In The Book of Cold Cases, by Simone St James, Shea is a doctor’s receptionist and a true-crime blogger. When Beth Greer, the acquitted suspect in the cold-case Lady Killer Murders, comes in for a medical appointment, Shea has to ask her for an interview for her site. Although Beth has refused to tell her story for years and basically lives as a recluse in the family mansion, she agrees to talk to Shea about it.
There are almost immediately signs of supernatural activity in this story. But is it Shea’s own traumatic history coming back to the surface, is Beth actually the twisted Lady Killer playing twisted pranks, or is there something even darker going on in the Greer house? Something that the criminal investigators missed, but Shea can discover? The possibilities pulled me in very quickly.
I almost didn’t request The Book of Cold Cases, because true crime gives me the creeps. I’m all for imaginary murders in suspense fiction and thrillers, but it’s somehow ghoulish to rake over a real tragedy for entertainment. Plus, there’s usually gore in true-crime stories. No, thanks. But fortunately for me, there’s almost nothing bloody in this novel. The story hinges on murder, yes, but it’s not described with a lot of gross detail.
I’ve read two of Simone St James’ other novels, The Sun Down Motel and The Broken Girls. In both stories, there’s a supernatural element that seems to prey on powerless girls, girls who definitely won’t be taken seriously. Actually, a great deal of supernatural horror fiction and movies relies on a girl or woman seeing something strange, and her boyfriend/husband just ignoring what she experienced, until the strange sightings are full-blown monster attack. St James uses this theme in her stories, where the characters are aware that no one will believe their experiences, except maybe other women. For eaxmple, The Broken Girls has generations of castoff daughters in a boarding school writing notes in their textbooks to piece together the sightings of the campus ghost.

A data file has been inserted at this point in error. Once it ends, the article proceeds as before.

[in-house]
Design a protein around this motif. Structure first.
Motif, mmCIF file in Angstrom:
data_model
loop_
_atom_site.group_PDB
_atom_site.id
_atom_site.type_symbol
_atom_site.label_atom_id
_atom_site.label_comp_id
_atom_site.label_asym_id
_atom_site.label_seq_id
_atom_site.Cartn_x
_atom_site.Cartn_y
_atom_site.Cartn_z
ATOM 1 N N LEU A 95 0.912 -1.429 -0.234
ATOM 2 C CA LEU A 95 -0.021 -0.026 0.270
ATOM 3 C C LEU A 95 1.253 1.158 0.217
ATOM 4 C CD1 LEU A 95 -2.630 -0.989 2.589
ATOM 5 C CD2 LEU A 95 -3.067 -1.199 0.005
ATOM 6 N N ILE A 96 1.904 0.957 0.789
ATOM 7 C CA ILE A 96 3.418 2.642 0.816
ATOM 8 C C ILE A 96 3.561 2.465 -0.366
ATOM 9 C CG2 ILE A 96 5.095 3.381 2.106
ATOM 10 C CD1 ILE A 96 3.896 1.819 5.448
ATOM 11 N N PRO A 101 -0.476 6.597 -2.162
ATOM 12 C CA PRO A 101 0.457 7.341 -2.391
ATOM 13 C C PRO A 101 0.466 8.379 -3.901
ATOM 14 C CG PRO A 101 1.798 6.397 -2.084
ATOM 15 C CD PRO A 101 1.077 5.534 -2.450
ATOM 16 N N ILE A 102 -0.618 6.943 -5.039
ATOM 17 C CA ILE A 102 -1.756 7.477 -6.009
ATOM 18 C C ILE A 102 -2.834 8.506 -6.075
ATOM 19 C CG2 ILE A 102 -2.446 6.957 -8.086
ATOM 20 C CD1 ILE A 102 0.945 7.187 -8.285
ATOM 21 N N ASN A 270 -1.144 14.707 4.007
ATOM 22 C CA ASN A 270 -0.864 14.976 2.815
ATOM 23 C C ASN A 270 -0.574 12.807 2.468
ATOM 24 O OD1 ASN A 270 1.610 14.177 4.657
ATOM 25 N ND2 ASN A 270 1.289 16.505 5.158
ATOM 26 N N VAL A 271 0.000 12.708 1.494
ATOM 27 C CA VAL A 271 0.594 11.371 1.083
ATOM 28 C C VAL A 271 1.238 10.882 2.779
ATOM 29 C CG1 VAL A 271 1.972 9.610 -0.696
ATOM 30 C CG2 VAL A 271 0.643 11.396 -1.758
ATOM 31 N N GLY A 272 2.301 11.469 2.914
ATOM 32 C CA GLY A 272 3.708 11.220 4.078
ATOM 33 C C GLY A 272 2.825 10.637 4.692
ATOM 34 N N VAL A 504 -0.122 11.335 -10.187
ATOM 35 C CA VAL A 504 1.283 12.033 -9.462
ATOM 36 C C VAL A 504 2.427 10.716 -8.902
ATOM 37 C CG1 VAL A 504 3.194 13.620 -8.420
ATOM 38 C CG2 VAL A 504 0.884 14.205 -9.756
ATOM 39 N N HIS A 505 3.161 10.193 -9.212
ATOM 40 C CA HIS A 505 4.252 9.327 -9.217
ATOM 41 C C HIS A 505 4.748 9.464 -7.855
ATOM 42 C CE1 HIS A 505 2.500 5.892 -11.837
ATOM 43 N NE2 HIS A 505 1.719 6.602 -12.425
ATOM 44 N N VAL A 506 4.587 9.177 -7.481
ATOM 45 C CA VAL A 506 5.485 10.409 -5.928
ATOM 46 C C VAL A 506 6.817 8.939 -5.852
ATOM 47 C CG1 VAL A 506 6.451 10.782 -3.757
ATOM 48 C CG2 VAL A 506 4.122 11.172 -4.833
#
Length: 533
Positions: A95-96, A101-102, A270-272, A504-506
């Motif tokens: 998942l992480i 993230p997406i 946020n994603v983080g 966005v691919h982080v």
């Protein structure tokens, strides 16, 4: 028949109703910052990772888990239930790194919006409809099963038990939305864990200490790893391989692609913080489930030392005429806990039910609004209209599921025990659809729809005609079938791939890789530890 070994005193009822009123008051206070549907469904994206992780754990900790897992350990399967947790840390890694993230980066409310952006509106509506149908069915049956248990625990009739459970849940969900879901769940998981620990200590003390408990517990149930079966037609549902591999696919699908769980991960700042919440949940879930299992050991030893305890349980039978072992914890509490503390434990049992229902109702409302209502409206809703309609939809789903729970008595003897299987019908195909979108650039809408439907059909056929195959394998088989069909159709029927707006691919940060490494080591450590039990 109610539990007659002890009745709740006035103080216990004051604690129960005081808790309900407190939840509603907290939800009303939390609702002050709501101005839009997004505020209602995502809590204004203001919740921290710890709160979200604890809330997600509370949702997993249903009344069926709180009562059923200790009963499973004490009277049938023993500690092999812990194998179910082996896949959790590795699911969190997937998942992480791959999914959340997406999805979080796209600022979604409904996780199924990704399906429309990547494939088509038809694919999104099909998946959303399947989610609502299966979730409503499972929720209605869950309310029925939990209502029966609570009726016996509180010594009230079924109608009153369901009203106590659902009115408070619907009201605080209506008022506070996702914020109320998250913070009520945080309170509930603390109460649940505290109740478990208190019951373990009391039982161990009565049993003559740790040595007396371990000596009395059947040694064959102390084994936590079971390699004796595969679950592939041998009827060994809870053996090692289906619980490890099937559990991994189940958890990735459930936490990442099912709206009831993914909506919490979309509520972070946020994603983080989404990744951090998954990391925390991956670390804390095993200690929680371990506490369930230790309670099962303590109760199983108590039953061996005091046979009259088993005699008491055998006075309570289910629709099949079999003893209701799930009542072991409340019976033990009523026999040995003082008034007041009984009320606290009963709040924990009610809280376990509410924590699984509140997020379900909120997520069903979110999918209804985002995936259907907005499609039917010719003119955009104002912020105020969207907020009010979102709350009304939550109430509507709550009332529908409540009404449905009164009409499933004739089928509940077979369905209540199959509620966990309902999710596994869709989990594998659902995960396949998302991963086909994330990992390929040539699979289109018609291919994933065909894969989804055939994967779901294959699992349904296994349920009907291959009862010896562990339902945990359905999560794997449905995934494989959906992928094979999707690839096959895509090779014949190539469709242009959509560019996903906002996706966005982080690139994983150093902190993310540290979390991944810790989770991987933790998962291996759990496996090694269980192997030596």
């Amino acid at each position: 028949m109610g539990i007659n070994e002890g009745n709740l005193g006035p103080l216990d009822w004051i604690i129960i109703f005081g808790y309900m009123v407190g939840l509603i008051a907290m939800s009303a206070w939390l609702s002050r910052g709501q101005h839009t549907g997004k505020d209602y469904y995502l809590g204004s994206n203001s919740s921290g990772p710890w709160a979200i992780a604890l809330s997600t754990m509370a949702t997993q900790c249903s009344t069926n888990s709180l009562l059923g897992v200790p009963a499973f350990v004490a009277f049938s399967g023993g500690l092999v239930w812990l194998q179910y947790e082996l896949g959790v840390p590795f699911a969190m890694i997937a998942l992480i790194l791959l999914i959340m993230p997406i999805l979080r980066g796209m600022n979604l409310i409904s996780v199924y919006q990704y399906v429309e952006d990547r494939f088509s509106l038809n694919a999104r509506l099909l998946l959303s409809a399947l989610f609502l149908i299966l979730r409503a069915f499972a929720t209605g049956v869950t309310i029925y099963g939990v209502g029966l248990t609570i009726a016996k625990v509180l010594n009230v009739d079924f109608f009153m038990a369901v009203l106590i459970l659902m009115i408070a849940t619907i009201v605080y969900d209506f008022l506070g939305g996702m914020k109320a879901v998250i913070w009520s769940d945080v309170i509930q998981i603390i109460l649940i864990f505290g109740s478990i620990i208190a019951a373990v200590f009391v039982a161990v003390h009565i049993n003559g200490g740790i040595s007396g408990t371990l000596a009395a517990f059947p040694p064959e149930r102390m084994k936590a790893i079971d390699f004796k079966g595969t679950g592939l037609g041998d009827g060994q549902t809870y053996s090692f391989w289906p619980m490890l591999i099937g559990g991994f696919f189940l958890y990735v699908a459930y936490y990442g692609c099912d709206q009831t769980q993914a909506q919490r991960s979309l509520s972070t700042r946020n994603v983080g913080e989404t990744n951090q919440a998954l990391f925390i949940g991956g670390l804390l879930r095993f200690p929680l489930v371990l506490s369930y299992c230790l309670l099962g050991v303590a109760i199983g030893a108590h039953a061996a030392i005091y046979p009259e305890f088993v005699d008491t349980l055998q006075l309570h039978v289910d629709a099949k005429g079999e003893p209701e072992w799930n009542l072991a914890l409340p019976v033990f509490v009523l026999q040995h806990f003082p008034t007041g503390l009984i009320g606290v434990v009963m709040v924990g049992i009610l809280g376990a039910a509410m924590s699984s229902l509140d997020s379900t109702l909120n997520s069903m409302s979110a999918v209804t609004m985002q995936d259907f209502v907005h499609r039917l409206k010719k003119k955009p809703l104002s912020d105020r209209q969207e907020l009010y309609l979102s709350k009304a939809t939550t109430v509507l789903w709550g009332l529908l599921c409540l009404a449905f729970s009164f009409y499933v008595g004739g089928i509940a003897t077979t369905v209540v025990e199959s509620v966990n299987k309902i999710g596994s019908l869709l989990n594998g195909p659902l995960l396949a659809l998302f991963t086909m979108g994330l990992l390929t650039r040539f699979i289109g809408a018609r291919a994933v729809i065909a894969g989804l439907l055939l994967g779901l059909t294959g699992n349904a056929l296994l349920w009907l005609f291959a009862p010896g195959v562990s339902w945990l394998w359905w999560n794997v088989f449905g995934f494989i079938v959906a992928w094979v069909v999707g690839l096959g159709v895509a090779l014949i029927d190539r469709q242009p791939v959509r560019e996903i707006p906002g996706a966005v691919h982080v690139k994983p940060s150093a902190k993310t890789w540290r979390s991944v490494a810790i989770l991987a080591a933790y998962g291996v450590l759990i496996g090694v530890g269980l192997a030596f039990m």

Here, Beth Greer is the opposite. She’s rich and pretty, and drinks too much, so instead of being forgotten and ignored, she’s obviously a slut. She’s written off for exactly the opposite reasons, but the result is the same. Beth has no one to talk with about her experiences and no one who would believe her if she did want to talk about it. Until, maybe, she decides to let Shea in on what really happened.
There’s a great deal of tension in The Book of Cold Cases, without much blood, which is exactly what I like in a suspense story. I spent a lot of the book wondering about Beth and the whole Greer family. I thought Beth was, well, maybe not the cold-hearted Lady Killer, but not exactly a good guy, either. I was constantly worried about Shea, and what she might find. Shea’s past trauma made her seem particularly vulnerable (outside of her true-crime research hobby, that is), and I always need a character to care about in a suspense novel. Plus, there was the same ambience I loved in The Sun Down Motel and The Broken Girls, that constant ominous feeling that things were just not quite right below the surface.
The Book of Cold Cases is by Simone St. James and will be published by Berkley on March 15, 2022. Thanks to NetGalley and the publisher for the ARC. Opinions are my own, as always.